Welcome, user “[email protected]”!


Facebook Connect (Facebook’s SSO)

  • Abstract trace for scenario (B) is shown here.
  • app_id, representing the RP’s identity, is writable by Bob.
  • result, the secret for authentication is sent to Bob in BRM3.
  • Isn’t there an obvious vulnerability?
    • In BRM1, set app_id value to be the app_id of the target RP;
    • In BRM3, Bob will receive the result corresponding to the target RP
    • Now, Bob would be able to login to the target RP.
  • Does this obvious attack work?

Hi Facebook,

I am


Arguments: app_id[BLOB] & cb[SEC][BG] &



origin[BLOB]  & transport[WORD] 

} & … & … & … (other 13 elements )

Facebook generates result to allow login to


Arguments: origin[BLOB]& transport[WORD]&

result[SEC]& … & … (other 4 elements)


Arguments: origin[BLOB]& transport[WORD]&

result[SEC]& … & … (other 3 elements )

result is passed to


How Facebook SSO really works

  • The naïve attack did not succeed, because Facebook relies on the client-side same-origin-policy to pass the secret securely.
  • One of the client-side mechanisms is Adobe Flash
  • Below is the benign scenario
    • Both Flash A and Flash B are loaded from Facebook (
    • The secret is sent from Flash A to B (the same-domain communication)
    • Flash B makes sure that the secret is only sent to an HTML DOM in the intended domain (corresponding to the previous declared app_id)


The vulnerability

  • Adobe Flash can only do same domain communication? A wrong assumption
    • “Unpredictable domain communication”
    • As long as Flash A is willing to send, and Flash B is willing to receive, they can communicate in different domains.
    • So Flash B can come from, and thus obtain the secret from Flash A.

Unpredictable domain comm.



  • The most complicated case in our study
  • Over 365,000 websites use Janrain
  • It is a “wrapper” SSO service, similar to Azure ACS.
      • A website can just integrate Janrain to enable many SSO schemes altogether.
      • For a real IdP, the Janrain service acts as an RP; for the real RP website, Janrainservice acts as an IdP. Two SSO triangles here.



The real IdP

Janrain’s user interface

The real RP


A TOCTTOU (time-to-check-to-time-to-use) attack against Janrain

  • The flaw (in the browser-Janrain-RP triangle)
    • Domain whitelisting is a crucial basis for Janrain’s security
      • E.g., the whitelist of *, *
    • The main task of our attack is to bypass the whitelist-checking of an URL
    • A TOCTTOU (time-to-check-to-time-to-use) attack is feasible
      • Many details in the paper

Bob’s browser


Normal SSO: BRM1 – BRM7 (claiming the identity of (intentionally whitelisting’sdomain)



BRM1 to satisfy the whitelist checking BRM2- BRM7 to steal the secret



  • Acknowledgements from many companies
  • Security advisories published
  • News coverage

any many others


Summery of the studied cases

  • Commonalities in our investigations
    • Only two types of tokens: secret token or authentic token.
    • Only three adversary scenarios.
    • Investigation focus: how a secret token is propagated and how an authentic token is protected by a signature.
  • Variations in the discovered vulnerabilities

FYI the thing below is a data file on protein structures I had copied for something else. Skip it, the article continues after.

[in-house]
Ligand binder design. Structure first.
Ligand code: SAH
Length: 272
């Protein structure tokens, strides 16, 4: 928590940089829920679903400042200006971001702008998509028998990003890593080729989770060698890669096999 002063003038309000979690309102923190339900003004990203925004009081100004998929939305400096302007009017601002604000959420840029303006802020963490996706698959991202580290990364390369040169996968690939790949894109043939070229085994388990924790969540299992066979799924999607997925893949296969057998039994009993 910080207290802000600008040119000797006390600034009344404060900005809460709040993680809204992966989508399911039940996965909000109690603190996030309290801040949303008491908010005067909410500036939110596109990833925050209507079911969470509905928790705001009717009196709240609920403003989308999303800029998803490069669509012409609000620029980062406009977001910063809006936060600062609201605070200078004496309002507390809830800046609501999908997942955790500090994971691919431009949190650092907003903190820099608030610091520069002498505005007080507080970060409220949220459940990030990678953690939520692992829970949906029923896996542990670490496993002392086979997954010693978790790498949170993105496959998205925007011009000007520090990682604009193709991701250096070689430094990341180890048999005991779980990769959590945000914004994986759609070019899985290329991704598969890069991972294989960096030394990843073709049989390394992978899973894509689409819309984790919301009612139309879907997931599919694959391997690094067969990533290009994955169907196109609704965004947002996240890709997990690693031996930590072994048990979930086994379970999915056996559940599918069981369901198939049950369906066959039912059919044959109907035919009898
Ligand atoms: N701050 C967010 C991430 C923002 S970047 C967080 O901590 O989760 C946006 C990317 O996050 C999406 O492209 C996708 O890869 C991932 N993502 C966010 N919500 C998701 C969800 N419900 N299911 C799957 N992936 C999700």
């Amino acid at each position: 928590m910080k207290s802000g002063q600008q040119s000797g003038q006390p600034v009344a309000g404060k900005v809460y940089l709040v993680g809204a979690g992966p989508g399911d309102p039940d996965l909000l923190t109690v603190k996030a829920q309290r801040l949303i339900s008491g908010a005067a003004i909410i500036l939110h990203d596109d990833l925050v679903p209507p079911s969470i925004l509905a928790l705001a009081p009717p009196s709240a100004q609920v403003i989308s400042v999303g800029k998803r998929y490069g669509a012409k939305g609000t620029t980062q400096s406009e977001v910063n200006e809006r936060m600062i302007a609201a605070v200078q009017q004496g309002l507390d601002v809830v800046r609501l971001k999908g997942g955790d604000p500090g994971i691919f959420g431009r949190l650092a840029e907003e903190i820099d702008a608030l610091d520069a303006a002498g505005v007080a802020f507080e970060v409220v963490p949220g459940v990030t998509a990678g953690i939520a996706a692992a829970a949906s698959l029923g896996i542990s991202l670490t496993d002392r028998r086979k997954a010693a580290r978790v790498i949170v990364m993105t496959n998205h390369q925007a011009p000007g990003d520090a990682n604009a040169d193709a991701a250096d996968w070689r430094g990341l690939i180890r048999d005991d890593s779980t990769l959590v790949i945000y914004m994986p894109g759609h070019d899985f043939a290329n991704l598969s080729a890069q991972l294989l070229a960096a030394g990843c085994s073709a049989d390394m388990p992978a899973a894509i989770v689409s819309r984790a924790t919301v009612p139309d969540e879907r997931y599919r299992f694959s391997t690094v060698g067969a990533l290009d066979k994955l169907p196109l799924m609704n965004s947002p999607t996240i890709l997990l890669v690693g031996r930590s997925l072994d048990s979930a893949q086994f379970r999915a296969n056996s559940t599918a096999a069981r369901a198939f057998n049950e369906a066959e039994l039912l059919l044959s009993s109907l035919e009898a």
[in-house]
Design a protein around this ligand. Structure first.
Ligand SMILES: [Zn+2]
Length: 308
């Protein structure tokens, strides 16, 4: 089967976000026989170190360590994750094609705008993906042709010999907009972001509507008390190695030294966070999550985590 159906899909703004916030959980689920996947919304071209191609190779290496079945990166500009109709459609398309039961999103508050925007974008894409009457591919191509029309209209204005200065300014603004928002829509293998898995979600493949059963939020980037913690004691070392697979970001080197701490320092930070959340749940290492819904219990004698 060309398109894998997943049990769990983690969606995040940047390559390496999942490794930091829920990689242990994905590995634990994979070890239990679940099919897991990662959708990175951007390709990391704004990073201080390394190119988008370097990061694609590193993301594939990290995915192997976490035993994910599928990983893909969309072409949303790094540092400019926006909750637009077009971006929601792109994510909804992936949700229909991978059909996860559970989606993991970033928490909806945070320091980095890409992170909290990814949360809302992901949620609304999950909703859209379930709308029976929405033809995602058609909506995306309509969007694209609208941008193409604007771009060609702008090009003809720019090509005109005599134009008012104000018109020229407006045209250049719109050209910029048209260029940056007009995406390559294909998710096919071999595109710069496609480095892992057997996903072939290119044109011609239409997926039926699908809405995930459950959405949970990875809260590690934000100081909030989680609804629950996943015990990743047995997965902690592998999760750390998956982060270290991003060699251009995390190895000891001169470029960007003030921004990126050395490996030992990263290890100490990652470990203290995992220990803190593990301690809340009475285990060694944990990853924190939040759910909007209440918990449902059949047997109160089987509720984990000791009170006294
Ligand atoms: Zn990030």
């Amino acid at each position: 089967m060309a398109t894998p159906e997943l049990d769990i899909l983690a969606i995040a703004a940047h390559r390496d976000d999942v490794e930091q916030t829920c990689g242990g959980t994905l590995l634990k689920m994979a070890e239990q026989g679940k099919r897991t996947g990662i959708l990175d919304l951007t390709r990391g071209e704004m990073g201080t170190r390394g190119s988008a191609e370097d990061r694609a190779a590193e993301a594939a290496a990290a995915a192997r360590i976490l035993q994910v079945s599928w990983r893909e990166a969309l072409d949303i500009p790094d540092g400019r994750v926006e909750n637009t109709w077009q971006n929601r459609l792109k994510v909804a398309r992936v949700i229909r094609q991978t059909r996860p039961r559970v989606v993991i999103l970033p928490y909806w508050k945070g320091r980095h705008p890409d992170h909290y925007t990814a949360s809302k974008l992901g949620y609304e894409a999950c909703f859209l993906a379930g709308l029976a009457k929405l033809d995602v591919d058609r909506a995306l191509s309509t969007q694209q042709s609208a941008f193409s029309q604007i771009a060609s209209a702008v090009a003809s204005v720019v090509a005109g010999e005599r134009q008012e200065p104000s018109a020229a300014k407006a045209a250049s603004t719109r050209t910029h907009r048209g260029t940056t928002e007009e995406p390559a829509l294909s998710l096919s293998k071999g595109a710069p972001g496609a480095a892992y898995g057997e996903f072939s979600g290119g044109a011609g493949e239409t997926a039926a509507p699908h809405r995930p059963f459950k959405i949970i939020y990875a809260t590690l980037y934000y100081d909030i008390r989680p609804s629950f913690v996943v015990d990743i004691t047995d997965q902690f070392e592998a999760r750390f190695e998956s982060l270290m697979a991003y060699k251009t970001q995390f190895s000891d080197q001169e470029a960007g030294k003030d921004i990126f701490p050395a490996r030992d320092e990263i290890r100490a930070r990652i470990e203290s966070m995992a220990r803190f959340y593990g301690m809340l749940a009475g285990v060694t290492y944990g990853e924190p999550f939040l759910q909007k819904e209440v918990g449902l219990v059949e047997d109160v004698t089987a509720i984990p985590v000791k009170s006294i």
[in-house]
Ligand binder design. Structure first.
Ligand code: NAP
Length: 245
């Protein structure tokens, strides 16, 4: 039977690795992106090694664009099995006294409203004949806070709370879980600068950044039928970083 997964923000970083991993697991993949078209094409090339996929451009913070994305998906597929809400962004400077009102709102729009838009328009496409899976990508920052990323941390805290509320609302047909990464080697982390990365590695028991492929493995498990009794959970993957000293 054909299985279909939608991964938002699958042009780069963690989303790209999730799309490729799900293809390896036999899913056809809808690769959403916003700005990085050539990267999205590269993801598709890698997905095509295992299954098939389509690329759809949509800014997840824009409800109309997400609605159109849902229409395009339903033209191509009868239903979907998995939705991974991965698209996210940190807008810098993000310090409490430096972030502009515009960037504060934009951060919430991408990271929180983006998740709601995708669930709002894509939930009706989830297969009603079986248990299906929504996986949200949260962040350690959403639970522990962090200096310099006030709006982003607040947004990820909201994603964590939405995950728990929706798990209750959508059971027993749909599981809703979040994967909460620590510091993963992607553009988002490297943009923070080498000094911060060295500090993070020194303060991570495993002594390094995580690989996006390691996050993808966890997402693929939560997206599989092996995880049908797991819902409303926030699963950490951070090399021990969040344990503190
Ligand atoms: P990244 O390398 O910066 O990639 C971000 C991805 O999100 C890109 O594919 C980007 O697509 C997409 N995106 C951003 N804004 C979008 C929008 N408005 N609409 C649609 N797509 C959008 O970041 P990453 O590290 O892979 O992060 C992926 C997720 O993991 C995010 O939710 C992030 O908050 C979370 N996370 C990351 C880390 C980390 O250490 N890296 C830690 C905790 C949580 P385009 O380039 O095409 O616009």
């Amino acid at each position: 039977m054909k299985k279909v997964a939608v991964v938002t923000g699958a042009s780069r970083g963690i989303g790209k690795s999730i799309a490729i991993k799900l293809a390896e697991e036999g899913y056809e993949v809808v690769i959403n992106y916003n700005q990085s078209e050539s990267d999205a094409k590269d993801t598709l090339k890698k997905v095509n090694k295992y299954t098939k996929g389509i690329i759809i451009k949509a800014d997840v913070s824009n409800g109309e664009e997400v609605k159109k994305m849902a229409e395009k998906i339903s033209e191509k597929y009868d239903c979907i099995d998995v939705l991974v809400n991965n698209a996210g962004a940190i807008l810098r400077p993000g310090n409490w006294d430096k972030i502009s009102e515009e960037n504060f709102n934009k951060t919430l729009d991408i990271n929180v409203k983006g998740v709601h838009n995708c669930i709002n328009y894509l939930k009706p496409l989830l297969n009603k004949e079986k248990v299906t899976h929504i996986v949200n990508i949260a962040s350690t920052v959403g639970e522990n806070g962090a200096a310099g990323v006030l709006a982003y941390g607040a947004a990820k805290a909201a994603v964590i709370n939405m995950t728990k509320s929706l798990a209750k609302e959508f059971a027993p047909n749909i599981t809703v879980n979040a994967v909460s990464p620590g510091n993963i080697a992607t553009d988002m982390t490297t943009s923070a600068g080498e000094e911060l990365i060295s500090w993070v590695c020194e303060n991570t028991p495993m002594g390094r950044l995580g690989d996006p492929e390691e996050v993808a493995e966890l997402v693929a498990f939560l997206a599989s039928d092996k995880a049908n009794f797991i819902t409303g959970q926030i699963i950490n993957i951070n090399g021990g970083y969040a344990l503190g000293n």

• Variations are in the details of individual systems.
      • How a signature’s coverage is determined
      • How the browser protects the secrecy of a token
      • How BRM destinations are checked or whitelisted by servers
      • How accounts are linked
      • Many others …

protocols vs. real systems

  • Real-world integration is through APIs.
    • Through integrating web APIs, SDKs and sample code offered by ID providers
    • A protocol serves merely as a loose guideline – many grey areas.
  • The underlying runtime systems matter.
    • A logically correct protocol can be insecure if its designers or its integrators did not fully understand the underlying runtime systems.
  • Some protocol results are so confusing that even reasonable developers misunderstand and misuse them.
    • How to call APIs securely can be very challenging.
      • Similar situation in C/C++: strcpy, setuid, seteuid, setguid. Very tricky to call.

So, what kind of analysis tools do we need?

  • The main value is to help a security analyst understand the system
    • We spent more effort was on understanding than on pure logic thinking
  • A tool to support an adaptive and iterative investigation process
    • Our investigation experience:
      • start with partial knowledge of the system
      • design new tests to probe
      • reason about the test results to improve our understanding
      • Repeat until a viable path is found.
    • A tool assuming our complete knowledge is less useful
      • “Tell me everything upfront, and I will tell you everything I find” – not very useful for real-world system analysis.


  • Logic flaws exist in many commercially deployed SSO websites
    • Every one of the flaws allows attackers to get into victims’ accounts.
    • They can be discovered using browser traffic without insider knowledge.
    • They are issues in real-world deployments, not protocol designs.
  • IdP developers and RP developers should work together for secure integrations
    • ID providers: simplify the APIs provided to RP websites; anticipate all reasonable interpretations of your API specs.
    • RP developers: do not blindly count on ID providers for security, as each integration scenario is different; you must perform an end-to-end testing after your integration is done.


  • Martín Abadi
  • Manuel Caballero
  • Alex Halderman
  • Cormac Herley
  • Zhou Li
  • ShazQadeer
  • David Ross
  • NikSwamy
  • Helen Wang
  • Yi-Min Wang